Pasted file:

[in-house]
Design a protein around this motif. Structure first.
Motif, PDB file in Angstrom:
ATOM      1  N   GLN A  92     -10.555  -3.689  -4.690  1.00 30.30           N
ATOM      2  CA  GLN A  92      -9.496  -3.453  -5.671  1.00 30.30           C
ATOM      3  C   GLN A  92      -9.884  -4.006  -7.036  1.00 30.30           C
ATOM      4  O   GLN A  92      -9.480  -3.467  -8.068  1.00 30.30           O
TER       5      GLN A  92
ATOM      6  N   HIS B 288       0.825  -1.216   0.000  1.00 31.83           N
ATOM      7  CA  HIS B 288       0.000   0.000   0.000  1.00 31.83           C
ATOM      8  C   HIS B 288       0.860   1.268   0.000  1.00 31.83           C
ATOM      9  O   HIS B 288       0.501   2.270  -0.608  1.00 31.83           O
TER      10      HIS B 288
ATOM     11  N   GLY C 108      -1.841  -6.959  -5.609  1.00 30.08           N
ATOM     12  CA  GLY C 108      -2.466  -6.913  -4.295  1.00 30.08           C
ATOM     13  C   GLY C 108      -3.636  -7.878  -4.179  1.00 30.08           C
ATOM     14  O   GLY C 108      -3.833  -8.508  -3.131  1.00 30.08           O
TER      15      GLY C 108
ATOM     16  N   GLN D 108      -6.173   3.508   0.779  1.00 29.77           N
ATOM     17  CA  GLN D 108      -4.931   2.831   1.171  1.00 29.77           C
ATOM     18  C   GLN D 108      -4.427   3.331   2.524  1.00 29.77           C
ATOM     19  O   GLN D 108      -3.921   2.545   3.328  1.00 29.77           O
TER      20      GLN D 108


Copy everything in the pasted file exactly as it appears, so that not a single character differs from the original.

[in-house]
Design a protein around this motif. Structure first.
Motif, PDB file in Angstrom:
ATOM      1  N   GLN A  92     -10.555  -3.689  -4.690  1.00 30.30           N
ATOM      2  CA  GLN A  92      -9.496  -3.453  -5.671  1.00 30.30           C
ATOM      3  C   GLN A  92      -9.884  -4.006  -7.036  1.00 30.30           C
ATOM      4  O   GLN A  92      -9.480  -3.467  -8.068  1.00 30.30           O
TER       5      GLN A  92
ATOM      6  N   HIS B 288       0.825  -1.216   0.000  1.00 31.83           N
ATOM      7  CA  HIS B 288       0.000   0.000   0.000  1.00 31.83           C
ATOM      8  C   HIS B 288       0.860   1.268   0.000  1.00 31.83           C
ATOM      9  O   HIS B 288       0.501   2.270  -0.608  1.00 31.83           O
TER      10      HIS B 288
ATOM     11  N   GLY C 108      -1.841  -6.959  -5.609  1.00 30.08           N
ATOM     12  CA  GLY C 108      -2.466  -6.913  -4.295  1.00 30.08           C
ATOM     13  C   GLY C 108      -3.636  -7.878  -4.179  1.00 30.08           C
ATOM     14  O   GLY C 108      -3.833  -8.508  -3.131  1.00 30.08           O
TER      15      GLY C 108
ATOM     16  N   GLN D 108      -6.173   3.508   0.779  1.00 29.77           N
ATOM     17  CA  GLN D 108      -4.931   2.831   1.171  1.00 29.77           C
ATOM     18  C   GLN D 108      -4.427   3.331   2.524  1.00 29.77           C
ATOM     19  O   GLN D 108      -3.921   2.545   3.328  1.00 29.77           O
TER      20      GLN D 108